THE STUDIES OF THE REFUGEE HUNGARIAN STUDENTS FROM THE UPPER HUNGARY BETWEEN 1945—1949
From the end of the Second World War from the territories of the newly established Czechoslovakia belonging formerly to Hungary, persons of Hungarian nationality escaped to the territory of Hungary.
Due to the right-depriving arrangements and pursuing politics of the Czechoslovak state they could imagine their life only in the territory of the Hungarian state. Between the more than one thousand refugees there were a lot students who in their original place of living being in the territory of the Czechoslovak state could not attend schools due to their Hungarian nationality.
The Hungarian national authorities were to organize extensive education for these young people of different ages. For the young-age children schools were ensured in places, where their parents settled, while for the poorest ones colleges were established. Secondary school students were sent to dormitories, and/or were supported through their studies. For university students colleges were arranged and were granted financial support through years. At the same time they received increased attention during their studies in order to be successful. To the anti-Hungarian arrangements of the Czechoslovak authorities the attention was drawn on national level.
They studies of the students to the East-Slovakian Communistic takeover in 1948/1949 were helped and insured. Their majority in 1949 and in 1950 could return home in adventurous conditions to their Czechoslovak homes.
LANGUAGE IDEOLOGIES AND PHILOSOPHIES
The paper deals with some of the general questions concerning language ideologies and gives an overview of the most important language ideologies present in the works of Hungarian linguists, namely conservatism, nationalism, purism, vernacularism, internationalism, standardism (standard ideology), homogenism and pluralism. Besides language ideologies the paper shortly characterises two philosophies which play a similar role to language ideologies, namely Platonism and rationalism.
It is well-known that language ideologies are used by the power elite to discriminate (groups of) people on the basis of their language — an attitude and social practice called linguicism. The paper also adverts to the three of the most drastic consequences of ideologizing language use: negative evaluation of the speakers’ language competence, cognitive competence and personal character because of the way they use their language.
The author emphasizes the fact that the presence of language ideologies in linguistic research, in the presentation of research findings, in language planning and in the management language problems is necessary, therefore the aim of the scholars cannot be to eliminate language ideologies but to make them explicit.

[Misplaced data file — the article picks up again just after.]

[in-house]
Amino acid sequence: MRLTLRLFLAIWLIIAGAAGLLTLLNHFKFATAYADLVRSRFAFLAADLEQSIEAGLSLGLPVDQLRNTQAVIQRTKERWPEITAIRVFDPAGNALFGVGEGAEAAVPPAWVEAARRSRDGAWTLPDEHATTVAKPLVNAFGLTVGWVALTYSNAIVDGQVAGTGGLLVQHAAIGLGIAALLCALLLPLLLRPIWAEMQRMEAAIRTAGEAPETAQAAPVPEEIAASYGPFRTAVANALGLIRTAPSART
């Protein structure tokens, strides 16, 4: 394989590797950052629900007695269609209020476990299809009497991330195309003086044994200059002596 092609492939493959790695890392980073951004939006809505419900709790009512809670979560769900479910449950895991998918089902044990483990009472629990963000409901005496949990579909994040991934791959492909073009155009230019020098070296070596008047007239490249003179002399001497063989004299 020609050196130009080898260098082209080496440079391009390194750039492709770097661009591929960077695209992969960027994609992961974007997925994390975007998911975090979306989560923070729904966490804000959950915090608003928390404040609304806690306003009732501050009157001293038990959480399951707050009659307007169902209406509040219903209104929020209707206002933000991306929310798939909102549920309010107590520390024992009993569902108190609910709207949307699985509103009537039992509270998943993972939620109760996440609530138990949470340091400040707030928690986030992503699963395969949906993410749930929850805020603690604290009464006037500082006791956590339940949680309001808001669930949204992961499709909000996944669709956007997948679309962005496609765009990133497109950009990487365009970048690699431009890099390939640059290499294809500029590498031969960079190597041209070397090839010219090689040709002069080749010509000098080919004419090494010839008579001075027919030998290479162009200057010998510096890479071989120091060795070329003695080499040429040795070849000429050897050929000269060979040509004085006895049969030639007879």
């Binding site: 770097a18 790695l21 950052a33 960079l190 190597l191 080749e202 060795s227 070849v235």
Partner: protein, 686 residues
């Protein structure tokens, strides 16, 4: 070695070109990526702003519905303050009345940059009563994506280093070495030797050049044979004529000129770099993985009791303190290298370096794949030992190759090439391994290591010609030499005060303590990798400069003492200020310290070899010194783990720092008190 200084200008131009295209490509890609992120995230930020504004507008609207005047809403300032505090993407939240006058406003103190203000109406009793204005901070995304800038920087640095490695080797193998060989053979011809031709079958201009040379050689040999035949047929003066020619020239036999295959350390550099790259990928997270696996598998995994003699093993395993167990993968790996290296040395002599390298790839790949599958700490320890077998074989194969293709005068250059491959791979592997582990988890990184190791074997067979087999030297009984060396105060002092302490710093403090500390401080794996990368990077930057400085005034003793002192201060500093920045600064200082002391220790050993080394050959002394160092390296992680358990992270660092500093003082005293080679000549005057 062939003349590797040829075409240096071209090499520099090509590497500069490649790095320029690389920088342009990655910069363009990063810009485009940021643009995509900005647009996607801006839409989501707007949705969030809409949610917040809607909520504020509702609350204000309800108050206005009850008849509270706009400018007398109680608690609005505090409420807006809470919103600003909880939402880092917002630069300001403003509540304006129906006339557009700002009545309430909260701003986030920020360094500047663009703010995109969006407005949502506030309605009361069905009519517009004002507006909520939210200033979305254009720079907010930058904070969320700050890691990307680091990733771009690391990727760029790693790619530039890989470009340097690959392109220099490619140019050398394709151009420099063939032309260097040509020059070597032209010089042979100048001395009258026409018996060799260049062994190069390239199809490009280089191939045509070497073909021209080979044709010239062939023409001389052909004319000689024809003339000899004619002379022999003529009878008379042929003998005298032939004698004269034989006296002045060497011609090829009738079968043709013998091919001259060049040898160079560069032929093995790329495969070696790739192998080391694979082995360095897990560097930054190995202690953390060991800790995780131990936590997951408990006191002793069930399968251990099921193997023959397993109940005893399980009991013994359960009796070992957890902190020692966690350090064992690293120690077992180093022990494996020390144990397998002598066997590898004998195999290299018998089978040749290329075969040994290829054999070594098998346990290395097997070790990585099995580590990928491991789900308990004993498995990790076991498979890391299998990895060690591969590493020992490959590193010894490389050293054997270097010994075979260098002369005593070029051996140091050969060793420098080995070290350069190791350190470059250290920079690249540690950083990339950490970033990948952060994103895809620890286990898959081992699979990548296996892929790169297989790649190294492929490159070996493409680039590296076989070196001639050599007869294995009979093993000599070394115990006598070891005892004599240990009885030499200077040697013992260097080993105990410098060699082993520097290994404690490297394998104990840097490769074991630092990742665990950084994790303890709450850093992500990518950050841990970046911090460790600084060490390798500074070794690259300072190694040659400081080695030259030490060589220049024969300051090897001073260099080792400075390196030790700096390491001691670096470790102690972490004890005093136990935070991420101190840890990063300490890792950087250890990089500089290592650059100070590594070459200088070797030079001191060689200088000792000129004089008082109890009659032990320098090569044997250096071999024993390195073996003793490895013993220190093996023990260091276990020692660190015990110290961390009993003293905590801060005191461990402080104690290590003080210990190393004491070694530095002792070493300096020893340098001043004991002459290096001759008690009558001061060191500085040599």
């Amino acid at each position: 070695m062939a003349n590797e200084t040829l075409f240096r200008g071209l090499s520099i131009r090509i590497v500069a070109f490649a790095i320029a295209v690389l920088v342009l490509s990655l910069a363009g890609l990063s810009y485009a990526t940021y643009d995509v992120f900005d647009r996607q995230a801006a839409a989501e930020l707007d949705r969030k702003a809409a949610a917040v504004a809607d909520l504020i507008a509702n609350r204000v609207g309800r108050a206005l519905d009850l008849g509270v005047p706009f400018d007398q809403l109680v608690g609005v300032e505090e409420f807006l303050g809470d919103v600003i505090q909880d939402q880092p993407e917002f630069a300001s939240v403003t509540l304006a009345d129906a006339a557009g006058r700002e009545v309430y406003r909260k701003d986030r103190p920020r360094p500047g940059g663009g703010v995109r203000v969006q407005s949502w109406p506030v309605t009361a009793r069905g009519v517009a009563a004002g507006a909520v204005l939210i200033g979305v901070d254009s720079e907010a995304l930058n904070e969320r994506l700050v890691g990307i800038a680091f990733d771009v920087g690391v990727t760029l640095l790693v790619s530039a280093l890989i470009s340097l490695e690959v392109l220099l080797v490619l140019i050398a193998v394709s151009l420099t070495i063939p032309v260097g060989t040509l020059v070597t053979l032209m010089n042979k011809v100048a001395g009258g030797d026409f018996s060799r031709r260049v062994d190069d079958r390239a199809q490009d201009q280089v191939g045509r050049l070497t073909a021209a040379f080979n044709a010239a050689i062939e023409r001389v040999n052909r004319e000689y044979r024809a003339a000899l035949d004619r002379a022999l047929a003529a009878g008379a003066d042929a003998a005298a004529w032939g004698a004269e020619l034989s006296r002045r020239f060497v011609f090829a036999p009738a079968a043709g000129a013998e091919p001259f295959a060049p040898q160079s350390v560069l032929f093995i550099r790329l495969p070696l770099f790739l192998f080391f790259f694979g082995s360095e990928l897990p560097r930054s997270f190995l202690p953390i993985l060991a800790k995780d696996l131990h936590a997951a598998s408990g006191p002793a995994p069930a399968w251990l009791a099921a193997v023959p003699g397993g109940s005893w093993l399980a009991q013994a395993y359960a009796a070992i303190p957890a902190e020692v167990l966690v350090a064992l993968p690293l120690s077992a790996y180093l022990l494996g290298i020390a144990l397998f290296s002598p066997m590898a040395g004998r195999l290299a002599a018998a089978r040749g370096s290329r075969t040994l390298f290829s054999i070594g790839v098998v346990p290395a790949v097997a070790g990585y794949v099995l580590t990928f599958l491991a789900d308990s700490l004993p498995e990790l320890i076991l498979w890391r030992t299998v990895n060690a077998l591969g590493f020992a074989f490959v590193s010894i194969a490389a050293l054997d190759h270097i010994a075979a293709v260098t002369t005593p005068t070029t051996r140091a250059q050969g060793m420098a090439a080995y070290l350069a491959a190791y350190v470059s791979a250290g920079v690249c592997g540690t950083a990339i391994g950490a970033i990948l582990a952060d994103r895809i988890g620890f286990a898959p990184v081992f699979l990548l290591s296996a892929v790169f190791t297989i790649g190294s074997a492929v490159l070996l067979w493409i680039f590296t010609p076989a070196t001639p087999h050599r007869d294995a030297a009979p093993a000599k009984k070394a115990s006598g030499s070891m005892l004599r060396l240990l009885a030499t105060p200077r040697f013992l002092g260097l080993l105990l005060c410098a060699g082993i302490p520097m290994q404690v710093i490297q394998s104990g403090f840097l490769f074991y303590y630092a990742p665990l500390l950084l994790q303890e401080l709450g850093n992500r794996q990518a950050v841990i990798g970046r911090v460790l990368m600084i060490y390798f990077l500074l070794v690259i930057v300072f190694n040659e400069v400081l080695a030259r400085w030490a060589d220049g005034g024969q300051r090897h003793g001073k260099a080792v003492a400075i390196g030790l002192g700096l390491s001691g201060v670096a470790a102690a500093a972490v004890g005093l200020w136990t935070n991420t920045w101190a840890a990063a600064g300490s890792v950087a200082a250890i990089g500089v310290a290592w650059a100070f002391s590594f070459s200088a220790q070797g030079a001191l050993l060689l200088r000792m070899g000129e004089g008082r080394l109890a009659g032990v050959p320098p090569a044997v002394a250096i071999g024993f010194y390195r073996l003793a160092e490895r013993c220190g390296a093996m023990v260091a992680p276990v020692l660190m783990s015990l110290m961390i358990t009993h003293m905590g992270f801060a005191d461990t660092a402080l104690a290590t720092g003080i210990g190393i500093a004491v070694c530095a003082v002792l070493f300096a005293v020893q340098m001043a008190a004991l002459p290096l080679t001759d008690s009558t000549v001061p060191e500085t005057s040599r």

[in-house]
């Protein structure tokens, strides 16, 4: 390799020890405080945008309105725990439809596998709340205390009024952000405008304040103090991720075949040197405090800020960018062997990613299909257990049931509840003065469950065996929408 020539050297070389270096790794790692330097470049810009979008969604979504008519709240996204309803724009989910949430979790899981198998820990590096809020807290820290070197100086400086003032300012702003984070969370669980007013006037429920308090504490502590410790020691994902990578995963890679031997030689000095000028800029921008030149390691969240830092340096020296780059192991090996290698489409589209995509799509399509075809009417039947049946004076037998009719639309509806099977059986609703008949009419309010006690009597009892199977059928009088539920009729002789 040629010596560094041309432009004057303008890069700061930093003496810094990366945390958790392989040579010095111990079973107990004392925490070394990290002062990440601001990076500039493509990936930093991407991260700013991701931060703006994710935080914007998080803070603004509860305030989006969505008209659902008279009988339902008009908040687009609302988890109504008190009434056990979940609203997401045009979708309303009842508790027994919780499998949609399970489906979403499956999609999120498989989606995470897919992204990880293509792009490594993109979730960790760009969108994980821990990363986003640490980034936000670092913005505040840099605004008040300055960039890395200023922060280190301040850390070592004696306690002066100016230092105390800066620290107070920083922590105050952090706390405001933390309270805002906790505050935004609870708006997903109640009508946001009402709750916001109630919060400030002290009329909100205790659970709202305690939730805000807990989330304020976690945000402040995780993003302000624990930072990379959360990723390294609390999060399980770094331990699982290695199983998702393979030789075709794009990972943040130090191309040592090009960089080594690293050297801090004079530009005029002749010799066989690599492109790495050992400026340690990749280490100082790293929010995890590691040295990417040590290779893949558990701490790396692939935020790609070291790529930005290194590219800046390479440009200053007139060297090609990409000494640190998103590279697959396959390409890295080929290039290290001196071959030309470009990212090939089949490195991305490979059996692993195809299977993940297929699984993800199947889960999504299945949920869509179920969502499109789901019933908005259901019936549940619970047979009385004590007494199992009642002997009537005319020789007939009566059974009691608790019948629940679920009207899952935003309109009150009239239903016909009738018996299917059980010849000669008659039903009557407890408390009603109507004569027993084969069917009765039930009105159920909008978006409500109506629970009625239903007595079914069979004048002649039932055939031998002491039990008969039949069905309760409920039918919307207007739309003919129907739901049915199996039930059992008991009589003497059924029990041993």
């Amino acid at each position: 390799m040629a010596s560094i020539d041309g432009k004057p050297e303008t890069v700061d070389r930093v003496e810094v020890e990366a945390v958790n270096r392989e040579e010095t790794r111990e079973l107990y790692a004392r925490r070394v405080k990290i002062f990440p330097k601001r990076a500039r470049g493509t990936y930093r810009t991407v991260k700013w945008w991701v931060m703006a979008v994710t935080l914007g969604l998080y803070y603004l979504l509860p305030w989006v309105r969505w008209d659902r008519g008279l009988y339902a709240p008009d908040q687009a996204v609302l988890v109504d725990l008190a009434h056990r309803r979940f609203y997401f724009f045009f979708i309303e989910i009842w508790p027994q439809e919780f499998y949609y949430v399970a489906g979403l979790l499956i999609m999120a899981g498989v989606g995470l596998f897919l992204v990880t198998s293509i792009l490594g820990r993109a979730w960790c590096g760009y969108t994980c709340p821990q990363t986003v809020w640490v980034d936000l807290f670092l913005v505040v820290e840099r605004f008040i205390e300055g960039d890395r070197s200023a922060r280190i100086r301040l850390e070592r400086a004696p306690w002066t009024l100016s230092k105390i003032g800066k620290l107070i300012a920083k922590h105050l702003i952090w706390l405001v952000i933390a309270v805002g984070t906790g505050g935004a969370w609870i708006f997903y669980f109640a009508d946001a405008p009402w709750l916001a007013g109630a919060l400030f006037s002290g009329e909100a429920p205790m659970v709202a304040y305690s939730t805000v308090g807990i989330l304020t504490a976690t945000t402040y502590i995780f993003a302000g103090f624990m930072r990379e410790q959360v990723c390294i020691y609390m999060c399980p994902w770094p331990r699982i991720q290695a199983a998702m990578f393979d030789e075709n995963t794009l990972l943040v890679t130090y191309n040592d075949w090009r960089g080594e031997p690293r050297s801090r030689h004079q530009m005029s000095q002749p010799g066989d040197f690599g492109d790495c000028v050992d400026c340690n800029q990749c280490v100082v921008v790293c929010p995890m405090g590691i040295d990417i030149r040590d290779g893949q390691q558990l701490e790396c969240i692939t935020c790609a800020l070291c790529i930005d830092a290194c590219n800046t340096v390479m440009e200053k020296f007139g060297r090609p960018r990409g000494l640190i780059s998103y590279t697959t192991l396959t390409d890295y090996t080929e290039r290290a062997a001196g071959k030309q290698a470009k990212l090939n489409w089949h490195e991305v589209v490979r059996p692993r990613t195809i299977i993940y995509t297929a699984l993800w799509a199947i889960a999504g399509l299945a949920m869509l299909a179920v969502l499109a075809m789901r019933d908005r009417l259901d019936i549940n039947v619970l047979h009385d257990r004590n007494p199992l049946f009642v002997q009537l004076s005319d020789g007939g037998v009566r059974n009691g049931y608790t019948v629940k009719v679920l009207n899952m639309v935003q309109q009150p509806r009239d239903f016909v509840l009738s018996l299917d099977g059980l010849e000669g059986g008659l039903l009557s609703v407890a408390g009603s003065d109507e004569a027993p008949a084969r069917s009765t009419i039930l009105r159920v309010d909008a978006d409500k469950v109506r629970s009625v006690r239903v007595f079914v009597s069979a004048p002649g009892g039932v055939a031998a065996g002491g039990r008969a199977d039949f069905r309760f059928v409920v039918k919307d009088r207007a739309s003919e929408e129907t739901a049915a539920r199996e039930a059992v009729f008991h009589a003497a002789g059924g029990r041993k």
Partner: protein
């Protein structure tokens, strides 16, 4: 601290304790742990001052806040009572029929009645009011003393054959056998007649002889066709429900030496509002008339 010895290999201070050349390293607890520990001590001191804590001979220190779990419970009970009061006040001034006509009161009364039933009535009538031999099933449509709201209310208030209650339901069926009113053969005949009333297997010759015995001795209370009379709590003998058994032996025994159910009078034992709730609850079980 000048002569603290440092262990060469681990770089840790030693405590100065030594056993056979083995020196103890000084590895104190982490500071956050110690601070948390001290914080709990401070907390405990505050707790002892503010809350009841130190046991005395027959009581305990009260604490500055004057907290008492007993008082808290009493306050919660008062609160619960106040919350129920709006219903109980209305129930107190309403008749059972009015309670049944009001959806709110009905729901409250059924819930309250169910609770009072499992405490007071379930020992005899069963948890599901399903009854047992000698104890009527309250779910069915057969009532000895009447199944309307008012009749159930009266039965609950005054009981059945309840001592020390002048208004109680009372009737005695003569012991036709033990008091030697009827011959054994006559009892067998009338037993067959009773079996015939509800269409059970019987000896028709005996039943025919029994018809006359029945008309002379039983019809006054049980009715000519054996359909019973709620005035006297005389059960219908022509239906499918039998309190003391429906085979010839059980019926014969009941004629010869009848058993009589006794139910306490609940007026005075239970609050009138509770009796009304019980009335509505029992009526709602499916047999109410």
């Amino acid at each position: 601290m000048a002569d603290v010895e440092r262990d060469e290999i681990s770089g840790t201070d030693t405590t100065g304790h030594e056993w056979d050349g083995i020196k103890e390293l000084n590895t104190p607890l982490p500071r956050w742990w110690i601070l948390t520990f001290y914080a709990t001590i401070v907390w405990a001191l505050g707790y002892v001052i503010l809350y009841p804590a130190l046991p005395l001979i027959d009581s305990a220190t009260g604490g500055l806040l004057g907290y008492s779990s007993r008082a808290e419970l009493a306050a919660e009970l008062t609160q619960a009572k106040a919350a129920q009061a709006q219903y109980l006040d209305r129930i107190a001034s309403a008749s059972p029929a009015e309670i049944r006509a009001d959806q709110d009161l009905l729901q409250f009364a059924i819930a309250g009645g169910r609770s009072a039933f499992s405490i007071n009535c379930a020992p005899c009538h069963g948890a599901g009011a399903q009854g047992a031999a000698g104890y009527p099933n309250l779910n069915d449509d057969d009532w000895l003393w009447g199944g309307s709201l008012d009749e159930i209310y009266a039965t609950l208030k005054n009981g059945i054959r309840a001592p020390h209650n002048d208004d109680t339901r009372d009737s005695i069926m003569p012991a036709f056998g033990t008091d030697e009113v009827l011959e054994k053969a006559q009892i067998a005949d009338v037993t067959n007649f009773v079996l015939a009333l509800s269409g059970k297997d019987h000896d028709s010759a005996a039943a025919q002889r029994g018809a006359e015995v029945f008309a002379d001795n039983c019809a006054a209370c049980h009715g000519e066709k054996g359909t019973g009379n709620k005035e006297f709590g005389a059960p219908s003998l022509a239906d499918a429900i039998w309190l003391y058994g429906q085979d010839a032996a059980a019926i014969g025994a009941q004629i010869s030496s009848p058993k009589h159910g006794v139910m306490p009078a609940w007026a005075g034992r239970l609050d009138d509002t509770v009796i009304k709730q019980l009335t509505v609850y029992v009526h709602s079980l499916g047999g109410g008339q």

BEHAVIOURAL PATTERNS OF GUEST–WORK-TYPE MIGRATION AT THE SZÉKELYFÖLD TERRITORY
After the period of system-changes the phenomena of foreign employmenttype migration at the Székelyföld was very extensive. From the beginning of the 1990’s to the present the topic is more and more interested, several institutional and individual research programs made efforts to map the general trends of migration, and/or migration practice relating to certain regions, territories defined by time parameters.
In this work I summarize the migration research made on the Székelyföld territory done to this time, that is sixteen years and I also try to outline the dominant models of guest-work-type migration at the Székelyföld. This analyzing and typology-creating work enables to get a more subtle picture of the guestwork- type migration phenomena of the territory.
LABOUR MIGRATION FROM SLOVAKIA AFTER THE 2004 ENLARGEMENT OF THE EU
The mobility of Slovak citizens proved to be relatively high after the 2004 enlargement of the European Union. The intensity of migration flows towards other member states has been between the highest among new EU-members, together with Lithuania, Latvia and Poland. The labour out-migration reached its top during the second half of 2007, when approximately 250 thousand Slovak citizens were working abroad. It was around 10 % of total employment and 4,6 % of whole population. Between 2003 and 2007 the number of people working abroad according to the Slovak labour force survey rose by one hundred thousand. This rise accounted nearly half of the total employment growth. With these levels and importance of labour mobility Slovakia was well ahead of Hungary and Czech Republic but much behind the countries that joined the EU in 2007. The post-accession migration flow could be characterized as a temporary labour migration of mostly young (two thirds of migrants were under the age of 35) people without dependants motivated mostly by higher salaries and living standards in the receiving countries. The workers from less developed (eastern and central) regions of Slovakia with lower GDP per capita and higher unemployment were overrepresented, while more developed western regions had substantially lower share of migrants. The outflow from the most developed region (the county with the capital, Bratislava) remained marginal. Nearly two third of Slovak citizens working abroad were employed in three neighbouring countries: Czech Republic (40 % share), Hungary and Austria, but the highest rise in outflow after the 2004 EU accession was due to migration to the United Kingdom and Ireland. The number of citizens working in the UK as a percentage of home country population reached the third highest level among new EU members after Lithuania and Latvia.